Question 7.

What is the immediate management plan for this girl?

  • Commence hydrocortisone tablets: 8–12 mg/m2 per day
  • Commence fludrocortisone tablets 100 µg/day (Bornstein, Allolio et al. 2016)
  • Intensive sick day management from the Clinical Nurse Specialist, including doubling up of hydrocortisone and emergency hydrocortisone injections (100 mg)
  • Close liaison with the school to initiate emergency management care plans
  • Educate the family on Addison’s disease with written information
  • Plan for Medic-Alert bracelet
  • Introduce family to the Addison’s Disease Self-Help Group


The most common type of Addison’s disease is autoimmune, and can affect one in every 5000 people (Carsote and Nistor 2023). Clinical presentation can vary, with an association of other autoimmune polyendocrinopathies (Elsayed, Negm et al. 2023), such as Type 1 diabetes or Coeliac disease. However, other signs can be an indication of an Addison’s disease diagnosis, such as depression or insomnia (Momayez Sanat and Mohajeri-Tehrani 2022), so healthcare professionals need to be aware of such non-clinical manifestations, particularly in the absence of a family history.

Further history taking is always beneficial in order to reach the final diagnosis. In general, hyperpigmentation can involve sun-exposed areas, such as elbows and knees, or any scars that had formed after the disease onset. Closer inspection for hyperpigmentation in the palmar creases, gums and nail beds is needed in patients with a darker skin tone (Tong and Ooi 2021).

Intensive management for supportive education is needed for the young person, family and school. Regular follow-up is needed to ensure full understanding and adherence to medication regimes, and referral to transition clinics and adult services will need to be considered in the near future.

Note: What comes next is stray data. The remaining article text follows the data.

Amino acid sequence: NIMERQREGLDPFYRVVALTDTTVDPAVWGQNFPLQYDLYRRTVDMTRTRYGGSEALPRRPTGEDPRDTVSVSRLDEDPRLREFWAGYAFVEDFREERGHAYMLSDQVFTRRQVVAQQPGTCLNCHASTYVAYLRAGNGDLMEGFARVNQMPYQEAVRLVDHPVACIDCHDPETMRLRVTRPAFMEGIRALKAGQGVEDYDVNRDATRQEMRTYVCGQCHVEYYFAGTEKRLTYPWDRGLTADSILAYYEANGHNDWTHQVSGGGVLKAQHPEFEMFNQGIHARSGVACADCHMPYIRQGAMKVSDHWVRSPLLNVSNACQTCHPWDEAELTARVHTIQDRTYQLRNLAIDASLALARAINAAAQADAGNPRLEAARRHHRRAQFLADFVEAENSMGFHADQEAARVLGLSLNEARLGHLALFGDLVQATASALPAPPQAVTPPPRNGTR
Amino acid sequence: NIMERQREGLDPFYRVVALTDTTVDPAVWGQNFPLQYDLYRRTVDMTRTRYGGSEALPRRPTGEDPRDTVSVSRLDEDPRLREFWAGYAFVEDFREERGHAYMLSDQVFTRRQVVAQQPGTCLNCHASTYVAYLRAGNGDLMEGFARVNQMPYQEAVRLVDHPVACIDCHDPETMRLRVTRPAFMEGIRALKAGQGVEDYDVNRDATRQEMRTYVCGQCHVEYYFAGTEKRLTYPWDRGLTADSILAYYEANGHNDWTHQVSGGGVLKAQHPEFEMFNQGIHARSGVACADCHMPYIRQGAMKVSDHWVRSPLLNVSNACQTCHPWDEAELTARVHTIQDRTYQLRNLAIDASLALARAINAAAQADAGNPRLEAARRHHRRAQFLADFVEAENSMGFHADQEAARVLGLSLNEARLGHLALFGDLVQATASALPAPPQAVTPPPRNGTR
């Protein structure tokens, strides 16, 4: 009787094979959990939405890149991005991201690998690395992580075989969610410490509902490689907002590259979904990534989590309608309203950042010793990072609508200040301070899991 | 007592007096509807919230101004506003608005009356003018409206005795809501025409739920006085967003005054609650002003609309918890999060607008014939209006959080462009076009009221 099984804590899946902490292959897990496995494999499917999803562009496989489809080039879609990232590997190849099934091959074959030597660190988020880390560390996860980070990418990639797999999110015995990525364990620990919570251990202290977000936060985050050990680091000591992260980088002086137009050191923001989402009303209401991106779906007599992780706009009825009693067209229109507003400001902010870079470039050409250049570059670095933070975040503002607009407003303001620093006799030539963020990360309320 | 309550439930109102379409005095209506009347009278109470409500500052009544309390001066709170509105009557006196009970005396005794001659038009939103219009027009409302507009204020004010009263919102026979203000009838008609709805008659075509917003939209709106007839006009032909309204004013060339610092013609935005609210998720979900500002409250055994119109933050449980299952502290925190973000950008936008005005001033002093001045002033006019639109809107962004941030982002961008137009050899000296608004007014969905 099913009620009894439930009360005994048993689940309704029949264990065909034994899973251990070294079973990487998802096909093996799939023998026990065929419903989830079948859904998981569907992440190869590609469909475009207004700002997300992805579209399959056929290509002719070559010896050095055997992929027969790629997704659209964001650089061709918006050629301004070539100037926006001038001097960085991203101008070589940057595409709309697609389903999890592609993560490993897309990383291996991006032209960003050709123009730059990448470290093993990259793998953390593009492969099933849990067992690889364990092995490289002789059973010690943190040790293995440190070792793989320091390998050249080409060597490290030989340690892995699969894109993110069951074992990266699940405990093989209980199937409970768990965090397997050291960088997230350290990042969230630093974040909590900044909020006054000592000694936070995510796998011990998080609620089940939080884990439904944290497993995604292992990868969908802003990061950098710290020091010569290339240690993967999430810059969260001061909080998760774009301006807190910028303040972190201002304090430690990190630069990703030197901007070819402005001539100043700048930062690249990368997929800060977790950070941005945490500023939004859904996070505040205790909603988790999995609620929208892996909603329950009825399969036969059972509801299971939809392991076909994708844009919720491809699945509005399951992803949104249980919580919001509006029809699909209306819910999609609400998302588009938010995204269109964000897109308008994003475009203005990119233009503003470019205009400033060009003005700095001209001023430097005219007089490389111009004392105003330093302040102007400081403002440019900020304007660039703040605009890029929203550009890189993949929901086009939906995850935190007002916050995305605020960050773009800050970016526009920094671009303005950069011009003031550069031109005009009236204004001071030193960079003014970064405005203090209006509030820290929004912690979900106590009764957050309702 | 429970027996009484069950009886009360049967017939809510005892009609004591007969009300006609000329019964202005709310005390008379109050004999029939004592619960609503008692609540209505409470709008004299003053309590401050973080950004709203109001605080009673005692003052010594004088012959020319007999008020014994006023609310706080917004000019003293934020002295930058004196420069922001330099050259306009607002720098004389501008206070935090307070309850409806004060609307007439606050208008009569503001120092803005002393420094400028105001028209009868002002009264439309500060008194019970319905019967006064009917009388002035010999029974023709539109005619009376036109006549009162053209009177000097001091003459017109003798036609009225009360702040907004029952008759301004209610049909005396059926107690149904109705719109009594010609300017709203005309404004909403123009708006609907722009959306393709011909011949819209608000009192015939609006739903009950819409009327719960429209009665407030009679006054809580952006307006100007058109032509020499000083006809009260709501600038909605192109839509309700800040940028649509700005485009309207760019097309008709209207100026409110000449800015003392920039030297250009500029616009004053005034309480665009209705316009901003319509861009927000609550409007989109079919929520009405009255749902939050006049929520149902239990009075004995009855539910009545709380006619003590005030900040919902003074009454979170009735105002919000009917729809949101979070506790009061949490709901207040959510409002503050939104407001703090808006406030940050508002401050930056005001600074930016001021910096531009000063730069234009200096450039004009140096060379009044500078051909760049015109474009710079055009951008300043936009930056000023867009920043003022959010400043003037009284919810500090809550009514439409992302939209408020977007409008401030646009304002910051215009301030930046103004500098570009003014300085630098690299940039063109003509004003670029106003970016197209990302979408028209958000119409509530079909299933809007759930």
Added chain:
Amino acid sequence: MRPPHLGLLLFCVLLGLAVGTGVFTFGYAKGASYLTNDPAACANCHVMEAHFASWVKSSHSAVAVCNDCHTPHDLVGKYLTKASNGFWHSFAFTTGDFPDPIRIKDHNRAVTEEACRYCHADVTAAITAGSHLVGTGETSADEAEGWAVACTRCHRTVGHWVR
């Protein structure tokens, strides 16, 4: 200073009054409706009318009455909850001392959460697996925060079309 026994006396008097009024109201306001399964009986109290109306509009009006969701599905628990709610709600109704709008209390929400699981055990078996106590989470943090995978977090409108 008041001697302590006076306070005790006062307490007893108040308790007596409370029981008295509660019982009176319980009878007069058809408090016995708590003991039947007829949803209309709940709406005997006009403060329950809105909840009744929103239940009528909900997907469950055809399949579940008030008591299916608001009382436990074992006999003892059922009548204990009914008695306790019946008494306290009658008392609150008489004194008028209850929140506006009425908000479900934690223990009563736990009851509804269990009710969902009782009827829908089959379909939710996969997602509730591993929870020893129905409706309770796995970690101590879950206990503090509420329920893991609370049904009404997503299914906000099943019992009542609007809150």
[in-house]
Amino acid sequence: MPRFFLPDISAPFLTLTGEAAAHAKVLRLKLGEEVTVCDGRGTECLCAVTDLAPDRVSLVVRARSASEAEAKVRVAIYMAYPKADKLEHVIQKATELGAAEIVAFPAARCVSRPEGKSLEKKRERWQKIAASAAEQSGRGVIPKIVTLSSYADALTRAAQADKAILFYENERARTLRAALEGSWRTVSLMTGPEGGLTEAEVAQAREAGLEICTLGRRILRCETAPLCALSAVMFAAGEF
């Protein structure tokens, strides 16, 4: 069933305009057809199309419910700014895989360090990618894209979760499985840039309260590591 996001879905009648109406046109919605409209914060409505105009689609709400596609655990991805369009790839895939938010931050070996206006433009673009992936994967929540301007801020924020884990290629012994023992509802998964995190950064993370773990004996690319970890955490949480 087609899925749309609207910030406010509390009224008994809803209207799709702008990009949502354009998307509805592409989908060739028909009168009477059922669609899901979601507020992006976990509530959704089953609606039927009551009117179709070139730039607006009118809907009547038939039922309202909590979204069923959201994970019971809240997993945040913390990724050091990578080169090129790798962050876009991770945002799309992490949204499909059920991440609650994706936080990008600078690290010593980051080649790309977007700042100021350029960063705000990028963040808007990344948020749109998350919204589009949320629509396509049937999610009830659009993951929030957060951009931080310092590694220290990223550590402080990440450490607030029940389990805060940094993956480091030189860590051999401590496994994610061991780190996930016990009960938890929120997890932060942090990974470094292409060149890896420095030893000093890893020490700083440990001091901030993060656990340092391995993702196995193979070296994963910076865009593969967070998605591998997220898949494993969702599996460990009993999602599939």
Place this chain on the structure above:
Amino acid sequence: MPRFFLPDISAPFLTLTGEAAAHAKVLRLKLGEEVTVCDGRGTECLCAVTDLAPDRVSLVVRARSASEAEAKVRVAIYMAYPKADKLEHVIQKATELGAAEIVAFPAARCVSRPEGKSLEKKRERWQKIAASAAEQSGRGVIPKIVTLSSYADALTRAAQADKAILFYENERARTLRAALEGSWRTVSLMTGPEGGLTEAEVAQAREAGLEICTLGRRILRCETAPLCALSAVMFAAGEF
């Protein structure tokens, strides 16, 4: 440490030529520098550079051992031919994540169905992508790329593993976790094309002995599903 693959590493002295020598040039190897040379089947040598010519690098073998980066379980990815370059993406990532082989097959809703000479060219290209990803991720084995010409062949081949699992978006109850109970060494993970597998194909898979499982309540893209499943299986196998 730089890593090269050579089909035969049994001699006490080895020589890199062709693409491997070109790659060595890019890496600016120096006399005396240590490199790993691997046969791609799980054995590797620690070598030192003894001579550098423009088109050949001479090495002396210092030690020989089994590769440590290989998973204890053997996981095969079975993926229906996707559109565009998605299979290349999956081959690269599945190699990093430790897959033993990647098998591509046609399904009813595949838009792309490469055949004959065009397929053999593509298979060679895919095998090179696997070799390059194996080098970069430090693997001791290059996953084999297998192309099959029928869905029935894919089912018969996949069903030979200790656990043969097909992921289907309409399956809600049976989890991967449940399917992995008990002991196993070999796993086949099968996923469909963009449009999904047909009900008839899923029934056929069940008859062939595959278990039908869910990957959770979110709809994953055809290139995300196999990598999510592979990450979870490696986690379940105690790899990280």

Bornstein, S. R., B. Allolio, W. Arlt, A. Barthel, A. Don-Wauchope, G. D. Hammer, E. S. Husebye, D. P. Merke, M. H. Murad, C. A. Stratakis and D. J. Torpy (2016). “Diagnosis and Treatment of Primary Adrenal Insufficiency: An Endocrine Society Clinical Practice Guideline.” J Clin Endocrinol Metab 101(2): 364-389.

Carsote, M. and C. Nistor (2023). “Addison’s Disease: Diagnosis and Management Strategies.” International Journal of General Medicine 16: 2187 – 2209.

Elsayed, M., E. Negm, M. Gahr and C. Schonfeldt-Lecuona (2023). “Autoimmune polyglandular syndrome type 2 and recurrent depression.” Ann Med Surg (Lond) 85(3): 494-496.

Momayez Sanat, Z. and M. R. Mohajeri-Tehrani (2022). “Psychotic Disorder as the First Manifestation of Addison Disease: A Case Report.” Int J Endocrinol Metab 20(1): e121011.

Tong, C. V. and X. Y. Ooi (2021). “Addison’s disease presenting with hyperpigmentation.” BMJ Case Rep 14(8).

Meet the author

Kate Davies, Li Chan

Centre for Endocrinology, William Harvey Research Institute, Barts and the London School of Medicine and Dentistry, Queen Mary University of London, London, UK

Martin Savage
Programme Director